There is another fact that was obvious to the World War II generation, but that conveniently has been forgotten by some Japanese today who visit the Yasukuni Shrine in Tokyo, which presents Japan as a victim of American aggression. The fact is that Japan started the war with unprovoked attacks on China, America, and other countries. Moral responsibility for the war lies entirely with Tojo and the other militarists who created the conflict. There was not blame to go around: All the blame for the Pacific War lays in Tokyo.

These are appropriate matters to speak of in Hiroshima — not stupidly, not callously, not insensitively, as a Donald Trump might do, but with nuance and sophistication and integrity. Obama will be making a mistake if, as Ben Rhodes says, “He will not revisit the decision to use the atomic bomb at the end of World War II.” He should revisit the decision in order to affirm the rightness of President Truman’s decision — which made it possible not only to save lots of lives on both sides but also to build a new Japan out of the ashes.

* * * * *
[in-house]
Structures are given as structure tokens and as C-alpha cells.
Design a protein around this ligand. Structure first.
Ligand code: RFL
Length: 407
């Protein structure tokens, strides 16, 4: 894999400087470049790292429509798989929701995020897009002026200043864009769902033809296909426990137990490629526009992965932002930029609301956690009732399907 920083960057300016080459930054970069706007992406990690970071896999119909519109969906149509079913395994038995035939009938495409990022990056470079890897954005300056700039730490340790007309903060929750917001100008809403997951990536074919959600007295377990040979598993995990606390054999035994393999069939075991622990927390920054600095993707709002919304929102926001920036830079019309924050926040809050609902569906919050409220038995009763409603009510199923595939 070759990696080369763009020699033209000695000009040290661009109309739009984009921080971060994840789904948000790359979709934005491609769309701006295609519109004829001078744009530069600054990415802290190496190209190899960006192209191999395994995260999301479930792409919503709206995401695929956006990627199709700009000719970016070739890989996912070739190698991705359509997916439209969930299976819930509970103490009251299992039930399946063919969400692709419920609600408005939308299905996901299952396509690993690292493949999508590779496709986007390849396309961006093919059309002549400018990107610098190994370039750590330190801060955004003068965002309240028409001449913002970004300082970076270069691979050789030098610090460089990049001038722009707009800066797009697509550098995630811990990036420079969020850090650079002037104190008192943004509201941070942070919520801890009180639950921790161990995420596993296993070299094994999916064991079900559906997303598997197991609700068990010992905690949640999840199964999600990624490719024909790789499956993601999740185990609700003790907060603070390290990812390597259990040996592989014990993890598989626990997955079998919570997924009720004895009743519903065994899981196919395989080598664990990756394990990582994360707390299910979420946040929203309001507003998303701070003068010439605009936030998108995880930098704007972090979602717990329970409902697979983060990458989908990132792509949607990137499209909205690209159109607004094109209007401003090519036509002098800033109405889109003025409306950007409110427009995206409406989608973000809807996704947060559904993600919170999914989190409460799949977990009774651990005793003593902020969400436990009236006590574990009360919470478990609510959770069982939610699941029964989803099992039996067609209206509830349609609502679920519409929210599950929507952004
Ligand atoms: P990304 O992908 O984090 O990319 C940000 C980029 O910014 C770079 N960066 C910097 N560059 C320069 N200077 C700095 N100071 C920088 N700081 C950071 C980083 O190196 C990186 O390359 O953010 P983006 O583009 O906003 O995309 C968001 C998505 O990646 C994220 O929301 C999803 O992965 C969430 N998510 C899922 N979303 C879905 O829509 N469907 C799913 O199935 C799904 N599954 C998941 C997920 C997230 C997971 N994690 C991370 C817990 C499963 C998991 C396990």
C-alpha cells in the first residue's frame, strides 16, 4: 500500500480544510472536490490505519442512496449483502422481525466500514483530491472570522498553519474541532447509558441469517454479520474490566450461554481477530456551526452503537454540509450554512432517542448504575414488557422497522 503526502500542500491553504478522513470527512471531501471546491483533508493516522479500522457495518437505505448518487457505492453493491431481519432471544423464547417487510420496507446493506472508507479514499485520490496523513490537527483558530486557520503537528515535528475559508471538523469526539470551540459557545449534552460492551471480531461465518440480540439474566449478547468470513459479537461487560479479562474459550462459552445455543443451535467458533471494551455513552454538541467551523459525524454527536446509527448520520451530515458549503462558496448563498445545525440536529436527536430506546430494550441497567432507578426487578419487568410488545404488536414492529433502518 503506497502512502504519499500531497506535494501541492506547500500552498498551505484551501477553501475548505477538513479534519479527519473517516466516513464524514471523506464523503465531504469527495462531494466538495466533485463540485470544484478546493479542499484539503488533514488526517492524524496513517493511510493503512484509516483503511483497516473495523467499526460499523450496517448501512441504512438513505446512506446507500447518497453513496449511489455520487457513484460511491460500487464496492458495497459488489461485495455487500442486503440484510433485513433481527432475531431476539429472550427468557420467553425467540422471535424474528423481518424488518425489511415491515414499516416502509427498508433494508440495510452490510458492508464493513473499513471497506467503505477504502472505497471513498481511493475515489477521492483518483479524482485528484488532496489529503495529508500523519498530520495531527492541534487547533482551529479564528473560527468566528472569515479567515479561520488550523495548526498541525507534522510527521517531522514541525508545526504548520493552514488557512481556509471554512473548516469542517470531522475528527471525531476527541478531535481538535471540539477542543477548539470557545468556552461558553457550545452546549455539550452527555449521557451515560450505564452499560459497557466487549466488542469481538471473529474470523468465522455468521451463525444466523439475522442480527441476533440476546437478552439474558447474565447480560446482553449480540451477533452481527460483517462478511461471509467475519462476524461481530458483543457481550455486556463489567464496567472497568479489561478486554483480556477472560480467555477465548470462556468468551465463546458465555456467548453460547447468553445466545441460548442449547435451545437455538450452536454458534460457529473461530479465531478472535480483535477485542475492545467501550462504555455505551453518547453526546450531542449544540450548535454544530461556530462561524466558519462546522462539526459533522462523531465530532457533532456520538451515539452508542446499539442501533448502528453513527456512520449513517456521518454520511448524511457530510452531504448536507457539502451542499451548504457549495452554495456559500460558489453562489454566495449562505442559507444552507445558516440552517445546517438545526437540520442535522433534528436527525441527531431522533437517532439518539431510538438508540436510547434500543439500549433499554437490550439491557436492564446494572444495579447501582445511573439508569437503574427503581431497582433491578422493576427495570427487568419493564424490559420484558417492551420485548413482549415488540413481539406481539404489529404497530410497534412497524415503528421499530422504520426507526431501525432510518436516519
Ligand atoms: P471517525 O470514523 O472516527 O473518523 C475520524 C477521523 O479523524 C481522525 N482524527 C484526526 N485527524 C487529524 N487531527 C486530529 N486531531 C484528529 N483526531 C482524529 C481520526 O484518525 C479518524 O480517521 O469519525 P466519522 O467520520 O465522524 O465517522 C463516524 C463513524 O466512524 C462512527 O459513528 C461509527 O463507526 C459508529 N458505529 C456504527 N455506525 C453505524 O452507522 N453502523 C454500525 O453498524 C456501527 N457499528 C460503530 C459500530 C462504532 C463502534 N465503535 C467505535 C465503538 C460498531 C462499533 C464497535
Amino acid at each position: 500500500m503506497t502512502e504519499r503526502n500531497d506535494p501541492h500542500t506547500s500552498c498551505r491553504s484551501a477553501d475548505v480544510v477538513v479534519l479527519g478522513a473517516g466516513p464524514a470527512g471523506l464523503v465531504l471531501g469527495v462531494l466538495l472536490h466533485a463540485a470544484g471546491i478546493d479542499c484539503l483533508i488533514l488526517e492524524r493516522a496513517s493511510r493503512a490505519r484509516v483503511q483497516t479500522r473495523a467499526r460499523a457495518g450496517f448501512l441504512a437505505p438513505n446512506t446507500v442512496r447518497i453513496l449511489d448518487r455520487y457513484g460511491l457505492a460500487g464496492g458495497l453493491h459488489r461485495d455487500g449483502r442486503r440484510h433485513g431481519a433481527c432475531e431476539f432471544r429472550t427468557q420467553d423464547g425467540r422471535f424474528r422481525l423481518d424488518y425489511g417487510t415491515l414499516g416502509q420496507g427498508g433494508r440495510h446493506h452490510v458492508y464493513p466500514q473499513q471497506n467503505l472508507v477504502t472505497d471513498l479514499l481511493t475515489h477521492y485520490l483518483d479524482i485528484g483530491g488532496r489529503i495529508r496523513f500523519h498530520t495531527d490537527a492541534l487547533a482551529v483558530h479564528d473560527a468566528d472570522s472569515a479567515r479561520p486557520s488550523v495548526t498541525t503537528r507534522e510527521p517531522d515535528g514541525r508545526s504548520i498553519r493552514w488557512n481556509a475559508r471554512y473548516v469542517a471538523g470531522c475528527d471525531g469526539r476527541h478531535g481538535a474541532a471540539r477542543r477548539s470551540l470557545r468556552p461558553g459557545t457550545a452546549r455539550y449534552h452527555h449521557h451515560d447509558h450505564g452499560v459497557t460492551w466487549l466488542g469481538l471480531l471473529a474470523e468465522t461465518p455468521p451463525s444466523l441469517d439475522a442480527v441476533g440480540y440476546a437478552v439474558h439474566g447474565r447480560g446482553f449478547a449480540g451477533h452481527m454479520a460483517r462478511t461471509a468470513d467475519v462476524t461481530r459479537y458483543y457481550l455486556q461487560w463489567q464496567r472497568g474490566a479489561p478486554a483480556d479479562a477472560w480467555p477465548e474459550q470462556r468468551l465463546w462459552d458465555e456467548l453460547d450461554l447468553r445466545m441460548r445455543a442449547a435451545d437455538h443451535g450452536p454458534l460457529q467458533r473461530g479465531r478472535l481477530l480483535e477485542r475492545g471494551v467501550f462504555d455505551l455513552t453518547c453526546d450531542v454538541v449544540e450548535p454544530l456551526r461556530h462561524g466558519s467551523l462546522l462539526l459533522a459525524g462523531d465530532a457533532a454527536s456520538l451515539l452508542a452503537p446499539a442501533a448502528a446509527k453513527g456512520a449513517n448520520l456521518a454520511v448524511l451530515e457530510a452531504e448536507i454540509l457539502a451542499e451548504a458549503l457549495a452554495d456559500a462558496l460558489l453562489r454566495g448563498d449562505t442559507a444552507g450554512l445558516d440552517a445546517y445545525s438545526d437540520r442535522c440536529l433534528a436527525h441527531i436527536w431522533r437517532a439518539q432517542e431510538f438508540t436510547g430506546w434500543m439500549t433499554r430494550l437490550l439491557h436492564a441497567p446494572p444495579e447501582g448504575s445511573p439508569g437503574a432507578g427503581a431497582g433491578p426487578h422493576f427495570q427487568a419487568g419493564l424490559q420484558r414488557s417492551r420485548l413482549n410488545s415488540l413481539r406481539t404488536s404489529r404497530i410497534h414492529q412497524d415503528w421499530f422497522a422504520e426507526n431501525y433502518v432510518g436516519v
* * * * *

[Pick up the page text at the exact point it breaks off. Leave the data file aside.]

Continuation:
By now, the U.S. and Japan are old friends, and we can speak the truth to one another. To remind Japan of its crimes in World War II — and to defend what the United States did to defeat the Japanese Empire — is simply to cast in ever-greater relief how far Japan has come. It is now a bulwark of freedom of Asia — one that we cannot possibly abandon, as Trump proposes. Obama would be well-advised to use his deft rhetorical touch to make clear both America’s commitment to the democratic Japan of today and also the commitment of our forefathers to defeating the militaristic Japan of yesteryear.

Original article here.